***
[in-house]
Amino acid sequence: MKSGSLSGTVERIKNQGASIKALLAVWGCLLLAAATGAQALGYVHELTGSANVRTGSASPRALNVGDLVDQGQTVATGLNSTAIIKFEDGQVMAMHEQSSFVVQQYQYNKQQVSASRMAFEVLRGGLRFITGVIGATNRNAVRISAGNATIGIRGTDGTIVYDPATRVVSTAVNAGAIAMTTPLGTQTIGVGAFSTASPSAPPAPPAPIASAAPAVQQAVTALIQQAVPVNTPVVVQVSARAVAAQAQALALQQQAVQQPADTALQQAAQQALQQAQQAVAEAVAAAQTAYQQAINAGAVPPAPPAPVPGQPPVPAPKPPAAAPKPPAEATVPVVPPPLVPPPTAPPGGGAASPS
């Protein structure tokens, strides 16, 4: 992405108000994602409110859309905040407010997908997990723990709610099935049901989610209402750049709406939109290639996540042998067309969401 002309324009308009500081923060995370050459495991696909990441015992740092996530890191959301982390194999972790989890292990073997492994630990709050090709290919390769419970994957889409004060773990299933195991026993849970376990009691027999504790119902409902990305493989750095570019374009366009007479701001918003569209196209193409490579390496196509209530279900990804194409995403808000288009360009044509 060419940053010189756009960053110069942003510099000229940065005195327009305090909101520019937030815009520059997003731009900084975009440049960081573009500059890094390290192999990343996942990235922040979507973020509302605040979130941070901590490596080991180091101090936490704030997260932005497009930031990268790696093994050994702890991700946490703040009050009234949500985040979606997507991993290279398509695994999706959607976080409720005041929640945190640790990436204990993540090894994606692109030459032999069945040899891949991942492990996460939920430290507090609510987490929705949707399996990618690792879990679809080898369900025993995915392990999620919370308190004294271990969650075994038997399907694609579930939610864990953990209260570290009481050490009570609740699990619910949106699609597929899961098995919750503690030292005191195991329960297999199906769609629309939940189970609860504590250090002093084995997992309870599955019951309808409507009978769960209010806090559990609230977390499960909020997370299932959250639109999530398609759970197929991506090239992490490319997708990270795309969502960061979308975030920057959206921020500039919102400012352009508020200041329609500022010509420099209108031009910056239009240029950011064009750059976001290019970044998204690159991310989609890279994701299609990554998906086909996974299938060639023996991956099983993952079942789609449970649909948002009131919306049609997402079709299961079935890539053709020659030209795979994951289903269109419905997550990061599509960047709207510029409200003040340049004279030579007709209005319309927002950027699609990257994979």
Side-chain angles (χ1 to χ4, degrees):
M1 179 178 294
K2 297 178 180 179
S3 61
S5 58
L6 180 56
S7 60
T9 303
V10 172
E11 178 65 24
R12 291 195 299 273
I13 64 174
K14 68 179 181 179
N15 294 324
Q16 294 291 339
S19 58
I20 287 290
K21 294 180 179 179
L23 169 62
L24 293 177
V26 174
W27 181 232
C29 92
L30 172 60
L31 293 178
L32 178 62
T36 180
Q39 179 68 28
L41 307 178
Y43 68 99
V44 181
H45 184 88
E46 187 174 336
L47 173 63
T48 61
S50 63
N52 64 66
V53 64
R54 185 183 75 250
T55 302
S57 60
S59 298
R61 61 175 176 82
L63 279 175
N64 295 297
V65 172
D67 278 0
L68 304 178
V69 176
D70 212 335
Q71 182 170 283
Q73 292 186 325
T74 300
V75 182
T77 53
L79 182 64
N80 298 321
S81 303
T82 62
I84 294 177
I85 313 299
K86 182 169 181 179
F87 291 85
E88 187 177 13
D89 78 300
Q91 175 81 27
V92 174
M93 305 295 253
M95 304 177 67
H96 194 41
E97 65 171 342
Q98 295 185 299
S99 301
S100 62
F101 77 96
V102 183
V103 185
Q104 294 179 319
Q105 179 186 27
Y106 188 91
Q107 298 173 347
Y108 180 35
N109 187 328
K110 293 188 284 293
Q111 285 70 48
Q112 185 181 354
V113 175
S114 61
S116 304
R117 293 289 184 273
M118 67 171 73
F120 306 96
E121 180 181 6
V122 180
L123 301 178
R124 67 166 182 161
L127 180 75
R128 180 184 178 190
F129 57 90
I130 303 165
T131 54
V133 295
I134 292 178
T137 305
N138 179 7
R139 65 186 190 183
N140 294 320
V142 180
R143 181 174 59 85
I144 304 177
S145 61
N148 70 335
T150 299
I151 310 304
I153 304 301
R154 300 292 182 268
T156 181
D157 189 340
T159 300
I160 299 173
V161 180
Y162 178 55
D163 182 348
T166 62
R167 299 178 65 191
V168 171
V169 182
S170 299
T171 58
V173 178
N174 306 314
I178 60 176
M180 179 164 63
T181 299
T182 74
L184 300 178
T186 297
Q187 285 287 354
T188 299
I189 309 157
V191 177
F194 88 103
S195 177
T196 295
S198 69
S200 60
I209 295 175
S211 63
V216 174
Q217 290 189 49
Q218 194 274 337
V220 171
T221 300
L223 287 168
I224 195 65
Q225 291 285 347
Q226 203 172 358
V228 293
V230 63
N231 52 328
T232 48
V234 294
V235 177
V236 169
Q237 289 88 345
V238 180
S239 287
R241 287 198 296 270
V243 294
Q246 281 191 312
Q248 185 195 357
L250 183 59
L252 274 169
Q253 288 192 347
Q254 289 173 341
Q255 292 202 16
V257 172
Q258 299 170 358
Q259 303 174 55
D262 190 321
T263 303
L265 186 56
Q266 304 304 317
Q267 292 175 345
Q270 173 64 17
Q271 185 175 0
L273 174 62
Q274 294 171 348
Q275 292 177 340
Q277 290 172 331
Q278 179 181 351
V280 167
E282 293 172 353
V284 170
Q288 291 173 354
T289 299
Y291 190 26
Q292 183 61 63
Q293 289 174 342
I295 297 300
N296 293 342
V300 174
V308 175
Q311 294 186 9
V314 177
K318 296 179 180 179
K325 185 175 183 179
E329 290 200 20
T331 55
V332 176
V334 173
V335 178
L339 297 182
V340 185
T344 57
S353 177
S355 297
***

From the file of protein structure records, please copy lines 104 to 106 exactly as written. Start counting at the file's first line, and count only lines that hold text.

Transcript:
T131 54
V133 295
I134 292 178